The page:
John Armstrong is the Herald's chief political commentator

John Armstrong: Key's switch a necessary part of regaining control


It has taken the best part of a week, but huge cracks suddenly appeared yesterday in the wall of denial erected by the National Party to shield itself from the damaging allegations in Nicky Hager's book, Dirty Politics.

That was bound to happen. In resolutely defending the indefensible - especially when the indefensible is as well-documented as it is in Hager's book - John Key was not only starting to sound and look rather silly, but he risked eating into stocks of one of his most valuable commodities - the degree of trust he has built up with large portions of the electorate.

This particularly applies to large numbers of "soft" National supporters who would not give National the time of day without Key at the helm.

It will take only a small chunk of these voters to defect to Opposition parties for National to be in danger of losing the election.

The longer Key denied what was fact - especially the questions raised by Judith Collins' passing of the private details of a public servant to Whale Oil blogger Cameron Slater - the more he risked sounding like he was treating voters like fools.

That all changed yesterday. Key's admonishing of Collins' actions as "unwise" was about as punishing as a slap across the wrist with the trusty old wet bus ticket.

But it was a mega-sized departure from the position he had previous adopted in defending his Justice Minister. It was reinforced by Bill English refusing to endorse Collins' modus operandi.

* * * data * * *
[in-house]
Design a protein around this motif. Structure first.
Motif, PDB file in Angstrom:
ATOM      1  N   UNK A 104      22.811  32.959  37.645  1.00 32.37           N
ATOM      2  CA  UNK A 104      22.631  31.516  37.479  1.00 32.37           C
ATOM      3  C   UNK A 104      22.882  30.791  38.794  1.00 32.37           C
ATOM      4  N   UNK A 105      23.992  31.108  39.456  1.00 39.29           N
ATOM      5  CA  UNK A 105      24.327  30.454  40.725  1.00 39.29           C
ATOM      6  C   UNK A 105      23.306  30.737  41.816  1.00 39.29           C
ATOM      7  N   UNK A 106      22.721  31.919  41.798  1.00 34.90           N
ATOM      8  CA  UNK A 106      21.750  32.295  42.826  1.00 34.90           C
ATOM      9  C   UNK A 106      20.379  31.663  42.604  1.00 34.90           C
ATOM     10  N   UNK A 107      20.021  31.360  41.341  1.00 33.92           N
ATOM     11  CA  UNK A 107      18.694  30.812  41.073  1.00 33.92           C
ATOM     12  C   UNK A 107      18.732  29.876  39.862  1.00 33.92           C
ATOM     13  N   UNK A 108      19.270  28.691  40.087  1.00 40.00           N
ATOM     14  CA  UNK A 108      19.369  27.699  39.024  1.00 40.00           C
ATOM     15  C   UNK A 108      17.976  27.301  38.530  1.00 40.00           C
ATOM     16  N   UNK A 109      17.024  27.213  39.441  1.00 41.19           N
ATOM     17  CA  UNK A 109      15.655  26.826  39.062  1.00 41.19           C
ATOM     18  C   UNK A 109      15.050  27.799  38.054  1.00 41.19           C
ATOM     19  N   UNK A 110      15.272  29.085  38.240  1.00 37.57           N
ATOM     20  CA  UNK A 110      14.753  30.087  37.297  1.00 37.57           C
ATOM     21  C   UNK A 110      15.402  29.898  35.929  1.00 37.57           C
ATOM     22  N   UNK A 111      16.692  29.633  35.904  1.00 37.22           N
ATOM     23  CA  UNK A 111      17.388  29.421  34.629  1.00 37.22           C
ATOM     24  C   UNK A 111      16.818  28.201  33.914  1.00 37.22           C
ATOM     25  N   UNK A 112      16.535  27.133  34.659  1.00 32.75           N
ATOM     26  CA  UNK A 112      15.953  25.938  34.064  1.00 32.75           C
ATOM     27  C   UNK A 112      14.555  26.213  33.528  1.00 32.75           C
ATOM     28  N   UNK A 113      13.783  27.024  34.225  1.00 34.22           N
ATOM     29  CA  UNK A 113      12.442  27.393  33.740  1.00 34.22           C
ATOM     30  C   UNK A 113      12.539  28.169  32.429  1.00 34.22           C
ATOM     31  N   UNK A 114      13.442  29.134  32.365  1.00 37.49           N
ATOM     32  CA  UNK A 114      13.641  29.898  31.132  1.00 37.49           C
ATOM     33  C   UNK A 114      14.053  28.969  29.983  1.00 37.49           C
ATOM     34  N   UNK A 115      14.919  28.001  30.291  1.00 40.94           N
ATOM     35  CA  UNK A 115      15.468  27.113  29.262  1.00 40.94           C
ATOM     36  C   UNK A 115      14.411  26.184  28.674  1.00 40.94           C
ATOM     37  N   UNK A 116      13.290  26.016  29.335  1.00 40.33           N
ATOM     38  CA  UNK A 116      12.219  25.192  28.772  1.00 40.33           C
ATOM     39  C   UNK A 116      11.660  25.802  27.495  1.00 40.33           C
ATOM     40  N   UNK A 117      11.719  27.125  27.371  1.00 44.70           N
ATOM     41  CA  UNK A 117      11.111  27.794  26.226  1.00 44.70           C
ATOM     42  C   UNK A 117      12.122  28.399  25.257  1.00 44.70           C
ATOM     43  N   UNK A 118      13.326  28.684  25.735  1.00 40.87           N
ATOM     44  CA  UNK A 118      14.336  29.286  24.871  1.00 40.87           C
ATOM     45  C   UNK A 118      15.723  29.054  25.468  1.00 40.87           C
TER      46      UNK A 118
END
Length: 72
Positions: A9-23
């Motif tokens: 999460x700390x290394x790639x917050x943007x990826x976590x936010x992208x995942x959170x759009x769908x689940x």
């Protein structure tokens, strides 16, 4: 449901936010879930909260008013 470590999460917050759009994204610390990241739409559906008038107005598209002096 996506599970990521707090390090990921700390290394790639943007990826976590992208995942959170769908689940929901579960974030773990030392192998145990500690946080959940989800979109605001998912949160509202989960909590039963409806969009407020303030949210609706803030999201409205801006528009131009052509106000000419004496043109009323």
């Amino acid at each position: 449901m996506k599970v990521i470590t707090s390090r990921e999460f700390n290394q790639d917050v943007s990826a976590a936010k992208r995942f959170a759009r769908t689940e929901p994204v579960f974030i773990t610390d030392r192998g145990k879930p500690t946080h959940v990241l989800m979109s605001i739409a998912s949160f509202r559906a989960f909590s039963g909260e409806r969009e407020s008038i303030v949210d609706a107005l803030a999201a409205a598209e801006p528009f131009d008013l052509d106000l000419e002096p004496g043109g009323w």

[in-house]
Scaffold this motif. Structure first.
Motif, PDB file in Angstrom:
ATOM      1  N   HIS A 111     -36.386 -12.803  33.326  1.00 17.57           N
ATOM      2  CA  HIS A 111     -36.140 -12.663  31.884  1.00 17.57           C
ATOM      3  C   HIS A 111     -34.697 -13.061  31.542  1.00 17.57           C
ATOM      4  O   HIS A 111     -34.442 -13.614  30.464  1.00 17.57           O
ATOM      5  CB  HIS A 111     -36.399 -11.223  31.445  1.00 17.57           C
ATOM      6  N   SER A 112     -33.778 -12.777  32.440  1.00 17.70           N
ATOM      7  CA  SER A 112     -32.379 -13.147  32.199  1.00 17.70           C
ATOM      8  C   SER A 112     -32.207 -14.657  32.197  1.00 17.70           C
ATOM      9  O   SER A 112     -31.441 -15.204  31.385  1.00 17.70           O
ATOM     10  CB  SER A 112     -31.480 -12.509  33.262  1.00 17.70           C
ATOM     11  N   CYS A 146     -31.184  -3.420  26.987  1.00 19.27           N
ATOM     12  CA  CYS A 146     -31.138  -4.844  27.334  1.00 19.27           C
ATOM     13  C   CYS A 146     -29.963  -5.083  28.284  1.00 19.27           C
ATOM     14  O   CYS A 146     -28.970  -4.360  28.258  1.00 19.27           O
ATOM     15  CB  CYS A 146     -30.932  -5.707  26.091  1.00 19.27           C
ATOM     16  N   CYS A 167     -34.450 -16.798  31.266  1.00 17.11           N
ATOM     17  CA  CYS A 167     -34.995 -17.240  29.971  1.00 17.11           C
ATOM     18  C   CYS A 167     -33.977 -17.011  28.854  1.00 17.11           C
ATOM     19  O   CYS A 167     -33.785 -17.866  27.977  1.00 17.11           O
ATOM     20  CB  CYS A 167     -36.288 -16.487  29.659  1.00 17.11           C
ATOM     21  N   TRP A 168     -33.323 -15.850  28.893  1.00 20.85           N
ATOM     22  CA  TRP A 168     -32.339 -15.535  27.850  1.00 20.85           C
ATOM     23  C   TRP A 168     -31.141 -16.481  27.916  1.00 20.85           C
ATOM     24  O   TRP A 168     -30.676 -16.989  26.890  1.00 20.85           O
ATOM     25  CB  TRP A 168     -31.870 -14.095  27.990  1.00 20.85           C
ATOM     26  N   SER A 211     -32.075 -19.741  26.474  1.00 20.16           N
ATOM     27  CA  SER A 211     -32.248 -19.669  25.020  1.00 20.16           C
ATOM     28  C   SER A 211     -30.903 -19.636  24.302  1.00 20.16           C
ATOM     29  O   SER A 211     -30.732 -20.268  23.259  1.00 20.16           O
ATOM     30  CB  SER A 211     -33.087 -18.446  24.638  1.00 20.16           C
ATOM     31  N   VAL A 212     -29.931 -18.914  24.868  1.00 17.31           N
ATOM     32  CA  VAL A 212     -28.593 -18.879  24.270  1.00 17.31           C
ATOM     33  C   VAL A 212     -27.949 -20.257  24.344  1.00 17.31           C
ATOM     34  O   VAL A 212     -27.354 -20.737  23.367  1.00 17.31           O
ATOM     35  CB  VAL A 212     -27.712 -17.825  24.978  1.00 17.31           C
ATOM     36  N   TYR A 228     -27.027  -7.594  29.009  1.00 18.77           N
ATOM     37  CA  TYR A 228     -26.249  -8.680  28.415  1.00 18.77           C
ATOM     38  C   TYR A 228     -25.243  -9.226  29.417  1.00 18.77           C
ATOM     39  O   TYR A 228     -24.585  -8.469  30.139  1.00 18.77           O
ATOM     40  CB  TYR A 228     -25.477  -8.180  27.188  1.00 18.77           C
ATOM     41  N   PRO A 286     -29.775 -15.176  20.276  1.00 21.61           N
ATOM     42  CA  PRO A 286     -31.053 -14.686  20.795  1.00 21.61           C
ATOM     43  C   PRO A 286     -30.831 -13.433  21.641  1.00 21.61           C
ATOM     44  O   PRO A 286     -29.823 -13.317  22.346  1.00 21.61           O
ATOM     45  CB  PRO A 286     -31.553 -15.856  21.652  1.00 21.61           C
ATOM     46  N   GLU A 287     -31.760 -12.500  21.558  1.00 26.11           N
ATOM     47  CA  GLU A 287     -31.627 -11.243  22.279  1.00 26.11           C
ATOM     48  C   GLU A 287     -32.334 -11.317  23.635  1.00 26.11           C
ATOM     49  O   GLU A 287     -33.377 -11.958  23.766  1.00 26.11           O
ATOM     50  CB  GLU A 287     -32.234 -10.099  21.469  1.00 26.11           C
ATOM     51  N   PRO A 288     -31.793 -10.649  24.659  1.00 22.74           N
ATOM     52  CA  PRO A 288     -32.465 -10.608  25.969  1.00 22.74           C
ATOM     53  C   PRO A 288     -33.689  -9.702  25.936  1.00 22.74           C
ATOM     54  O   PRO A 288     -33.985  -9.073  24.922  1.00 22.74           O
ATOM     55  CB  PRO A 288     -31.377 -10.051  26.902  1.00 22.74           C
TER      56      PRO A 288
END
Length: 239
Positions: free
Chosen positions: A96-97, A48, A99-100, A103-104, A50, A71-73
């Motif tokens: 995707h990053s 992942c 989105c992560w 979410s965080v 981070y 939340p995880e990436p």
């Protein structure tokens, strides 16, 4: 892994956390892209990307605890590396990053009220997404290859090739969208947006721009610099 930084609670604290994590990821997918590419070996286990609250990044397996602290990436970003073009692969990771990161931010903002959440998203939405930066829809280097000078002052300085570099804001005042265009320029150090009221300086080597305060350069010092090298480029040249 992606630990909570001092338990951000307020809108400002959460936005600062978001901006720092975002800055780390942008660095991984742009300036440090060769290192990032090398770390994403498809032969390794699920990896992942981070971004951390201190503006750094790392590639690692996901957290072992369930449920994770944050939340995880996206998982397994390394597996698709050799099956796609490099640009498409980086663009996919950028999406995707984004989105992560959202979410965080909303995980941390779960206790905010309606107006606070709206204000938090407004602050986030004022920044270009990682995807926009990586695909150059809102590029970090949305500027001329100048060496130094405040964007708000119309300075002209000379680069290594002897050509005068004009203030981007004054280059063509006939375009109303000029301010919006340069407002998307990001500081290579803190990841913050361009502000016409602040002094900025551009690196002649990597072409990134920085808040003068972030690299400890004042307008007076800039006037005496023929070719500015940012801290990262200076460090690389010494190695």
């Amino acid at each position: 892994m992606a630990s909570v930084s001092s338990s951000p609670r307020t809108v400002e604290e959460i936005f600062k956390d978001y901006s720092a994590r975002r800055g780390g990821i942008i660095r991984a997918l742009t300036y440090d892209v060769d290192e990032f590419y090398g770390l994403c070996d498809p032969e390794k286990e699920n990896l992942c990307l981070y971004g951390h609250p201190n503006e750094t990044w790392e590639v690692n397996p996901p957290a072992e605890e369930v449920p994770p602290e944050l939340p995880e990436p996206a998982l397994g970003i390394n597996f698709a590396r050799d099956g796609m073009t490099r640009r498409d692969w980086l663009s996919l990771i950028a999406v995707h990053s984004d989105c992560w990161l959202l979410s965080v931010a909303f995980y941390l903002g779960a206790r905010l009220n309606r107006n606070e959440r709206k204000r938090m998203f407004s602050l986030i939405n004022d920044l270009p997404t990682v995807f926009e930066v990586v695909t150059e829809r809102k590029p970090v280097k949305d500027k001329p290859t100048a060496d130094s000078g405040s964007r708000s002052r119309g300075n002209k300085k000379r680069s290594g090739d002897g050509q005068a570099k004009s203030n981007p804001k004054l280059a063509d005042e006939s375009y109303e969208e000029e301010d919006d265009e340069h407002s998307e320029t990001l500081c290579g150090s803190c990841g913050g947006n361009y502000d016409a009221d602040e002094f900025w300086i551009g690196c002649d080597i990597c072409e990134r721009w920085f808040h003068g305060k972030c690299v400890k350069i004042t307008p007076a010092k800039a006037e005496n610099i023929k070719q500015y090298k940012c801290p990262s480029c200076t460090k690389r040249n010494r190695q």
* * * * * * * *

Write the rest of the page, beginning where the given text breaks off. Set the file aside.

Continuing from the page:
The question is whether the distancing of the Government's two most senior figures from Collins is sufficient to quell the political maelstrom provoked by the contents of Hager's book.

National claims its focus group research is showing the book's revelations are not registering with most voters.

There is also a view in the Beehive that Collins' collusion with Slater was always going to get special attention - like that accorded to the SIS's swift granting of an Official Information Act request made by Slater and the unauthorised delving around in Labour's computer database.

But National has finally woken up to the fact that Hager has one thing it does not - time.

He would happily argue with National for as long as National likes.

With National's advertising campaign starting today and the party's campaign launch scheduled for next Sunday, it knows it must regain control of the election agenda. So Key had little choice but to blink first in his stand-off with Hager.

Debate on this article is now closed.

- NZ Herald

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John Armstrong is the Herald's chief political commentator

Herald political correspondent John Armstrong has been covering politics at a national level for nearly 30 years. Based in the Press Gallery at Parliament in Wellington, John has worked for the Herald since 1987. John was named Best Columnist at the 2013 Canon Media Awards and was a previous winner of Qantas media awards as best political columnist. Prior to joining the Herald, John worked at Parliament for the New Zealand Press Association. A graduate of Canterbury University's journalism school, John began his career in journalism in 1981 on the Christchurch Star. John has a Masters of Arts degree in political science from Canterbury.

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